Expect a thinning of the ranks of the Wakatipu’s 114 real estate agents as a new law overhauls the industry.
Under the Real Estate Agents Act 2008, which became effective on November 17, salespeople all have to be licensed and there’s an independent complaints process at last.
“I think we’ll probably see a reduction in the number of agents around town,” Ray White Queenstown co-owner Bas Smith says.
“Because of the nature of the town, it’s been one of those industries where people have been able to make [real estate] a second job or a half job, whereas there’s a lot more onus on managers now to have smaller, more efficient teams.”
With individual salespeople now licensed, they’re more responsible for their actions, Smith adds.
“There’s a lot more need for a real estate person to be more professional in their day-to-day business.
“It’s actually a profession as opposed to just something that someone can do who’s got their real estate ticket, a phone and a car.”
Local Real Estate Institute spokesman Adrian Snow adds: “Nationally, there have been a small number of practitioners leave the industry, feeling they cannot adapt to the new environment, and the institute expects this will likely be beneficial for all involved.”
Local Harcourts boss Kelvin Collins sings the same tune: “It’s going to differentiate good agents from average agents.”
Misconduct penalties have been raised to maximums of $40,000 for individual salespeople and $100,000 for companies – damages are also payable to affected members of the public.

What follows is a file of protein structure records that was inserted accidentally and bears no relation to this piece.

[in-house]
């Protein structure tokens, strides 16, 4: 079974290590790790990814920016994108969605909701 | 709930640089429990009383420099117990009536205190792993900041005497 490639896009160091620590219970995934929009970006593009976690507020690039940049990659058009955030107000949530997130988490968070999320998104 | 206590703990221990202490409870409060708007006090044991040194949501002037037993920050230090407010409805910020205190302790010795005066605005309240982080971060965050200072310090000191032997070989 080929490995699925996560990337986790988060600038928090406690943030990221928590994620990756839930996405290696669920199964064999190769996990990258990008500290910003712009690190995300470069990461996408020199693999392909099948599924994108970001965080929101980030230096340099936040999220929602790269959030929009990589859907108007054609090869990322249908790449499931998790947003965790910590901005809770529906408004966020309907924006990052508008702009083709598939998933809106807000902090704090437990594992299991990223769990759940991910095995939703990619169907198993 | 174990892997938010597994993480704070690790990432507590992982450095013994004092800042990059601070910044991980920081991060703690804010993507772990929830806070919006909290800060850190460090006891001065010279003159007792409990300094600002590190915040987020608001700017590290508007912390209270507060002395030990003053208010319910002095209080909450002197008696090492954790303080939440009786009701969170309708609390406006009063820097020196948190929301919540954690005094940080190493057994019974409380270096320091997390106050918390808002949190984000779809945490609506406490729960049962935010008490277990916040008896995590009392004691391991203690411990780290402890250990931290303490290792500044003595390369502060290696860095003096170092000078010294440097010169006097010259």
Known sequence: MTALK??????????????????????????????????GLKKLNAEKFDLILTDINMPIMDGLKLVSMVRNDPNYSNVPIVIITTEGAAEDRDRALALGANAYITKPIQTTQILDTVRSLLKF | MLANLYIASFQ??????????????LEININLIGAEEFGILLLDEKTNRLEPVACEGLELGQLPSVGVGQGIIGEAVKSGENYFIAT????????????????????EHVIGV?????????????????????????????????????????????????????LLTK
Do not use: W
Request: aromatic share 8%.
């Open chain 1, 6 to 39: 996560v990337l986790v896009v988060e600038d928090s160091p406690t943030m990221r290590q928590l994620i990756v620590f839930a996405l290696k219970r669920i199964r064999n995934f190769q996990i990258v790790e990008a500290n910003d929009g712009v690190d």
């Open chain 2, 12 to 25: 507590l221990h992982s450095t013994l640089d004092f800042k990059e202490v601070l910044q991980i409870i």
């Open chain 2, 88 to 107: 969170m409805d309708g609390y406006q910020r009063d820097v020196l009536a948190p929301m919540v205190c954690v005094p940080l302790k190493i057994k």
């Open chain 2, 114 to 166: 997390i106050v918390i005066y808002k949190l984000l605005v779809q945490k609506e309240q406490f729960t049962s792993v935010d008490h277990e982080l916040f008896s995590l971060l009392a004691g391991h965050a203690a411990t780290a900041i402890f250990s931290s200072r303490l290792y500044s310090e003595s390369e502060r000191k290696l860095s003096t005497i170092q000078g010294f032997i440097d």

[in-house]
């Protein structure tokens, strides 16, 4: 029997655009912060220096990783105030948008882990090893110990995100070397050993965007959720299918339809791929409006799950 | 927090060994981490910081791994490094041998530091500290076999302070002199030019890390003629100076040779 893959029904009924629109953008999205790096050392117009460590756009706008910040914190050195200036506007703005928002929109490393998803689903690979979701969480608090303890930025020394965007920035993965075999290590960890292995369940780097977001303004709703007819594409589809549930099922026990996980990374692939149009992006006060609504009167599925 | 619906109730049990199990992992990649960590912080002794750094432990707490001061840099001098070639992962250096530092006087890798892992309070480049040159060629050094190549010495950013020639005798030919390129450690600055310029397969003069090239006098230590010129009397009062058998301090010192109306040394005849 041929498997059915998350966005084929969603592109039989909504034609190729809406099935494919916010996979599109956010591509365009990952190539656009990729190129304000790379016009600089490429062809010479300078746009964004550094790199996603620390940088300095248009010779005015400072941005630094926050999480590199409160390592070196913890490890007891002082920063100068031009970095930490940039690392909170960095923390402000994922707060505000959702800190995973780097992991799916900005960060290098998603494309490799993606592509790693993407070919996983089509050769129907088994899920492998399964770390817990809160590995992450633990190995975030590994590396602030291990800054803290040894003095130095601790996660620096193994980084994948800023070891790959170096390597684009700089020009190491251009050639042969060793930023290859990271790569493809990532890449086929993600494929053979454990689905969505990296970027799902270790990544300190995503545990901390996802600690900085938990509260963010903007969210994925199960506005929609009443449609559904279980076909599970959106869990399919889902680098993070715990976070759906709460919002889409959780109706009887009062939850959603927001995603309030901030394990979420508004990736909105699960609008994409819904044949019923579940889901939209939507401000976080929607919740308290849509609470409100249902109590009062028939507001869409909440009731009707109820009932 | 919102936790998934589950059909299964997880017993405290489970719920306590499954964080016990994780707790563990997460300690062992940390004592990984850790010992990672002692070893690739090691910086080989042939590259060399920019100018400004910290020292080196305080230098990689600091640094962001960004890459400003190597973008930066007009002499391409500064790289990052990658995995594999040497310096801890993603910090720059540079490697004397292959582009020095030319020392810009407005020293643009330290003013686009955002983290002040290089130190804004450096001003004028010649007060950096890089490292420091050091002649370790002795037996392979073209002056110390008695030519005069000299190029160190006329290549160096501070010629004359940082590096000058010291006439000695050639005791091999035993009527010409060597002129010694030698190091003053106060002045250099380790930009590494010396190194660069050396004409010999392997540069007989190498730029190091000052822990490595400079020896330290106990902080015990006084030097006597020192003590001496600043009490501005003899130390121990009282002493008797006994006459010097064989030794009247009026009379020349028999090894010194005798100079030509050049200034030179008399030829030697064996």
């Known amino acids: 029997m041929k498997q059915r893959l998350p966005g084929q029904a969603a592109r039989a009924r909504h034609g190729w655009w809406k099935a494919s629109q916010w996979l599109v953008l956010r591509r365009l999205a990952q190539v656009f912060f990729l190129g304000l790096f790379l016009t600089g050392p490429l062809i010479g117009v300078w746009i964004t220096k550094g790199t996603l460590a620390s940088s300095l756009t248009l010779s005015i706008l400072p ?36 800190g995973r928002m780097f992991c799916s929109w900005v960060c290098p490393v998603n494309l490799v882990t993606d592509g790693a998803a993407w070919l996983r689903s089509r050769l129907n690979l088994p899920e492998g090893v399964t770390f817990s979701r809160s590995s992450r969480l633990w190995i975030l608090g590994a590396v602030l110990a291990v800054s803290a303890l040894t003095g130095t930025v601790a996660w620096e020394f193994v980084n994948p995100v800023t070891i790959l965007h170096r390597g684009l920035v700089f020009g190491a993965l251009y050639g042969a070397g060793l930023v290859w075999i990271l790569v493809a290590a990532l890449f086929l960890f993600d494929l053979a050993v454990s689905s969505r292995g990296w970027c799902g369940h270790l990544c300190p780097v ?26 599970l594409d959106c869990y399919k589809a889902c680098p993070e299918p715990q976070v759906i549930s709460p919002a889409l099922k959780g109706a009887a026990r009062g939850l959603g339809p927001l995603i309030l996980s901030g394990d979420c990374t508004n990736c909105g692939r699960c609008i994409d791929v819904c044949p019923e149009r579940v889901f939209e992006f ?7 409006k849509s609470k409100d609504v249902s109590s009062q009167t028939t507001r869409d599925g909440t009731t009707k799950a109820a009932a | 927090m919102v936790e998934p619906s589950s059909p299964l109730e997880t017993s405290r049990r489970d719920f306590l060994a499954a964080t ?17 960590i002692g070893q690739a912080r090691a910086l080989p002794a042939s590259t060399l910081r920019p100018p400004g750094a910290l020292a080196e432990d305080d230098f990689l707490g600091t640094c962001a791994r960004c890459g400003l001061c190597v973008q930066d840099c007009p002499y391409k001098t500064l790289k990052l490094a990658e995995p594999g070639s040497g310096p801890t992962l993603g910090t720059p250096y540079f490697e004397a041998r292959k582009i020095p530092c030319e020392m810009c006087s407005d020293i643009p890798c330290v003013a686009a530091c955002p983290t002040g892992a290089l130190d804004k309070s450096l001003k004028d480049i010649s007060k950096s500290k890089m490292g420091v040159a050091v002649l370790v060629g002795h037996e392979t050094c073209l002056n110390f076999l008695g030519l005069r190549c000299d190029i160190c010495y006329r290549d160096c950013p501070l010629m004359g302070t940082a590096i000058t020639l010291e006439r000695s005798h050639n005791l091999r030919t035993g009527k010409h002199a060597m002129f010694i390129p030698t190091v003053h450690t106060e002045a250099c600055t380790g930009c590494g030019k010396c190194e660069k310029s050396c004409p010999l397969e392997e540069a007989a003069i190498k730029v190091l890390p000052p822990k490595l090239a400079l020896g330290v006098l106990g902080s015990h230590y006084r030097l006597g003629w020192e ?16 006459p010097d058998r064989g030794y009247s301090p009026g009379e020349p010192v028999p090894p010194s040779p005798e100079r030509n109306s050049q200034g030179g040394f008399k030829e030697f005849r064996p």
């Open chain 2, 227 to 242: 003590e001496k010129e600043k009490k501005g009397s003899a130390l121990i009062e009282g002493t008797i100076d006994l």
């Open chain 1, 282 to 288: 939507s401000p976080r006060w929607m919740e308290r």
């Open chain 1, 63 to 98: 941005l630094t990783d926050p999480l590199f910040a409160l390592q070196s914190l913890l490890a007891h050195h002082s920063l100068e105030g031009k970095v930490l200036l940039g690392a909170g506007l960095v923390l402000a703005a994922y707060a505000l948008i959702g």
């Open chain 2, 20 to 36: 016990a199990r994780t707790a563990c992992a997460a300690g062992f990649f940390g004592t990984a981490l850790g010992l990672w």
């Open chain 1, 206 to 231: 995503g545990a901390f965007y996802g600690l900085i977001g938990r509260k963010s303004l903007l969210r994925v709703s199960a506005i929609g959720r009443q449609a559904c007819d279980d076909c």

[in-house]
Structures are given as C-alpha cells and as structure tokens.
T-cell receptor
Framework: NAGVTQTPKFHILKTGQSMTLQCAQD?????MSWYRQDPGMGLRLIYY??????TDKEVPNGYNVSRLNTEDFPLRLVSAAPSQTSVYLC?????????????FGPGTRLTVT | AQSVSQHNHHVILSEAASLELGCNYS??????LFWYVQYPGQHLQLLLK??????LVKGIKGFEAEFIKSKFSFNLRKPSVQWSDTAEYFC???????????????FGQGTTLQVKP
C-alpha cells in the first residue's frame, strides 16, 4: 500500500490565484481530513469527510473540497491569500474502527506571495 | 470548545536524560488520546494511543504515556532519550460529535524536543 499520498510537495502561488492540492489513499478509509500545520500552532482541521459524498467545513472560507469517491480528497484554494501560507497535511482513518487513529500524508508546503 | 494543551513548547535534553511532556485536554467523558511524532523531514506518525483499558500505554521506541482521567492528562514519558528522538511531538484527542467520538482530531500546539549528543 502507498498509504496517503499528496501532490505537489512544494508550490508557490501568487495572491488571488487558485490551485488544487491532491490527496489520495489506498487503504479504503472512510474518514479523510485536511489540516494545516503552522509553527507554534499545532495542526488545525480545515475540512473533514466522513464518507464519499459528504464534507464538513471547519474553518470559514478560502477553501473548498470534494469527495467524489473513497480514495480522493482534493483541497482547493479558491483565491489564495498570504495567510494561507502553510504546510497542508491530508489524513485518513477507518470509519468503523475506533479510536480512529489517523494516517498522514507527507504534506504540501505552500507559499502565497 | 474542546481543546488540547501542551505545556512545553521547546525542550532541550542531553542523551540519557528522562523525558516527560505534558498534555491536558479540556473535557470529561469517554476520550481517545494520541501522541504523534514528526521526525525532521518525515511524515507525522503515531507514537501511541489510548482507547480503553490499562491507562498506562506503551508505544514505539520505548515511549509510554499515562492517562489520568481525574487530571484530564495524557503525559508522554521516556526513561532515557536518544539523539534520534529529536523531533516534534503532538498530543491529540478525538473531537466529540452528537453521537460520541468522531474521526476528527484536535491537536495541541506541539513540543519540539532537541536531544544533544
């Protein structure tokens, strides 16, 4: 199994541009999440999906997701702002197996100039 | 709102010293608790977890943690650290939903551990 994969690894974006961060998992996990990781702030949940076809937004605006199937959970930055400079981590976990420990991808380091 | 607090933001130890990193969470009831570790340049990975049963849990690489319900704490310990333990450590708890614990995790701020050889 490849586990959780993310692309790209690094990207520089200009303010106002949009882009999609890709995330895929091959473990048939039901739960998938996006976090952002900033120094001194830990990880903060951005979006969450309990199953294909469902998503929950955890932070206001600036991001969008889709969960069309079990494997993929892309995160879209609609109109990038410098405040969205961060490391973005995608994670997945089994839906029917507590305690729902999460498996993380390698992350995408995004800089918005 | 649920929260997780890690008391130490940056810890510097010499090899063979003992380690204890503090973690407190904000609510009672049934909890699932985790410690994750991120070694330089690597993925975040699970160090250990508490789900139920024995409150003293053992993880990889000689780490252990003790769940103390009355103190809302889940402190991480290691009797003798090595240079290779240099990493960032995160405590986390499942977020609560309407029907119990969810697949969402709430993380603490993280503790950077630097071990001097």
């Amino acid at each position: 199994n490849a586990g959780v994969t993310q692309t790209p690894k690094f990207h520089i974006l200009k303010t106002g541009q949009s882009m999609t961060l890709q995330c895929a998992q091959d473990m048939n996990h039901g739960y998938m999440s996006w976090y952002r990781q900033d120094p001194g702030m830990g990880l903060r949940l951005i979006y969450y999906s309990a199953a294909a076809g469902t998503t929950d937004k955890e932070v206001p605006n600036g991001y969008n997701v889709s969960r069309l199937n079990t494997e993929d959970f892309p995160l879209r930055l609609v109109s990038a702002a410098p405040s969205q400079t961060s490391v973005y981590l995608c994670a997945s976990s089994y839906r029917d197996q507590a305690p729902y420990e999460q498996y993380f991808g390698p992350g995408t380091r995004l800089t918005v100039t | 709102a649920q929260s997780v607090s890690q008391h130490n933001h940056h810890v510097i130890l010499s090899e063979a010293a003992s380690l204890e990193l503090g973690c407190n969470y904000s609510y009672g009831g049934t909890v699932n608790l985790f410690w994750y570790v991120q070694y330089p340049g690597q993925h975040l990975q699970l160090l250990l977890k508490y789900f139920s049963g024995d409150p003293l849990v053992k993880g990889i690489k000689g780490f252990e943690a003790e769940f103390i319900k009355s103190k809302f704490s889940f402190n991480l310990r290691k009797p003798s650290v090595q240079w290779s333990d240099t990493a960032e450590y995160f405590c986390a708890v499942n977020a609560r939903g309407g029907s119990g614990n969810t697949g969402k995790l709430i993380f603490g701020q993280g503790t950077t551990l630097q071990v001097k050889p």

Collins: “If people broke the rules in the old Act, the financial gain [from misconduct] was too much for the penalty, and there were people in this town who fell into that category.
“My personal belief is [the new Act] will enhance the good agents and you’ll see some people start dropping out of the industry.”
Bayleys Queenstown co-owner David Murray agrees.
“I think those days are almost gone anyway. Those who have, under the old regime, been operating appropriately have nothing to be concerned about.”
Murray believes the new Act, especially with its independent complaints process, brings real estate into line with other professions.
Stephen Hebbend, boss of Queenstown’s Hoamz – formerly Southern Lakes – echoes his colleagues: “I don’t think for a majority of agents it will have a huge effect on what their normal day-to-day business is, but it will hopefully get rid of the cowboys.”
Though he tends to think any local cowboys have ridden off into the sunset already.
“A lot of the [property] owners, a lot of the purchasers, are very astute people so I think there’s no place in Queenstown for any cowboys.”
Snow adds: “It will be very difficult for unscrupulous salespeople to be able to carry out practices like pressuring customers [the official new word for purchasers] and clients [vendors] for signatures or enticing clients and customers into contracts they are not fully aware of.”
Under the new Act, agents must have a written and signed authority to represent a property for sale.
Snow: “Owners who have had, in the past, informal relationships with their agents on making their properties available for sale, are now required by law to have written agency agreements.
“A number of these property owners are expressing surprise at being asked to sign agency agreements by their agents.”
Smith points out agents also have to tell vendors what their commission rate is and how much is likely to be payable.